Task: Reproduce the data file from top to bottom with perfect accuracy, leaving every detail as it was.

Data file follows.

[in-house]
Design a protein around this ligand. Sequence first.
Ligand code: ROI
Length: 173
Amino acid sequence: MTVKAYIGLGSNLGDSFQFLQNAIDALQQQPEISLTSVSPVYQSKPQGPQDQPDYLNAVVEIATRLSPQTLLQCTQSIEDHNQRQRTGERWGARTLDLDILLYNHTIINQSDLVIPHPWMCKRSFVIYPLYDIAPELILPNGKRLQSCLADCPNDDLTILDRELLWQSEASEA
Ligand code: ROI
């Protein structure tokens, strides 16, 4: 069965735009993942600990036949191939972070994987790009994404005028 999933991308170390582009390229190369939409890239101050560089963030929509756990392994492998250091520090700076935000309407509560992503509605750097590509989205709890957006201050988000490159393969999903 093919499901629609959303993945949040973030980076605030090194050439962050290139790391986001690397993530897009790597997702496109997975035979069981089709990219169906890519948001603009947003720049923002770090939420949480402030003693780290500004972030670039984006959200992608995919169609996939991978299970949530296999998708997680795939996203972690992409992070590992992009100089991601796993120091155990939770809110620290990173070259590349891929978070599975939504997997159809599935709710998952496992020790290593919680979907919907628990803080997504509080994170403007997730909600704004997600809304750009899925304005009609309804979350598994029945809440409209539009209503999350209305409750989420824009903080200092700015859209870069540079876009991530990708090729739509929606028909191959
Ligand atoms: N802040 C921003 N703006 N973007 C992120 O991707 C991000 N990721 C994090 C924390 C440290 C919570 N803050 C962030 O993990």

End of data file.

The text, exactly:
[in-house]
Design a protein around this ligand. Sequence first.
Ligand code: ROI
Length: 173
Amino acid sequence: MTVKAYIGLGSNLGDSFQFLQNAIDALQQQPEISLTSVSPVYQSKPQGPQDQPDYLNAVVEIATRLSPQTLLQCTQSIEDHNQRQRTGERWGARTLDLDILLYNHTIINQSDLVIPHPWMCKRSFVIYPLYDIAPELILPNGKRLQSCLADCPNDDLTILDRELLWQSEASEA
Ligand code: ROI
């Protein structure tokens, strides 16, 4: 069965735009993942600990036949191939972070994987790009994404005028 999933991308170390582009390229190369939409890239101050560089963030929509756990392994492998250091520090700076935000309407509560992503509605750097590509989205709890957006201050988000490159393969999903 093919499901629609959303993945949040973030980076605030090194050439962050290139790391986001690397993530897009790597997702496109997975035979069981089709990219169906890519948001603009947003720049923002770090939420949480402030003693780290500004972030670039984006959200992608995919169609996939991978299970949530296999998708997680795939996203972690992409992070590992992009100089991601796993120091155990939770809110620290990173070259590349891929978070599975939504997997159809599935709710998952496992020790290593919680979907919907628990803080997504509080994170403007997730909600704004997600809304750009899925304005009609309804979350598994029945809440409209539009209503999350209305409750989420824009903080200092700015859209870069540079876009991530990708090729739509929606028909191959
Ligand atoms: N802040 C921003 N703006 N973007 C992120 O991707 C991000 N990721 C994090 C924390 C440290 C919570 N803050 C962030 O993990």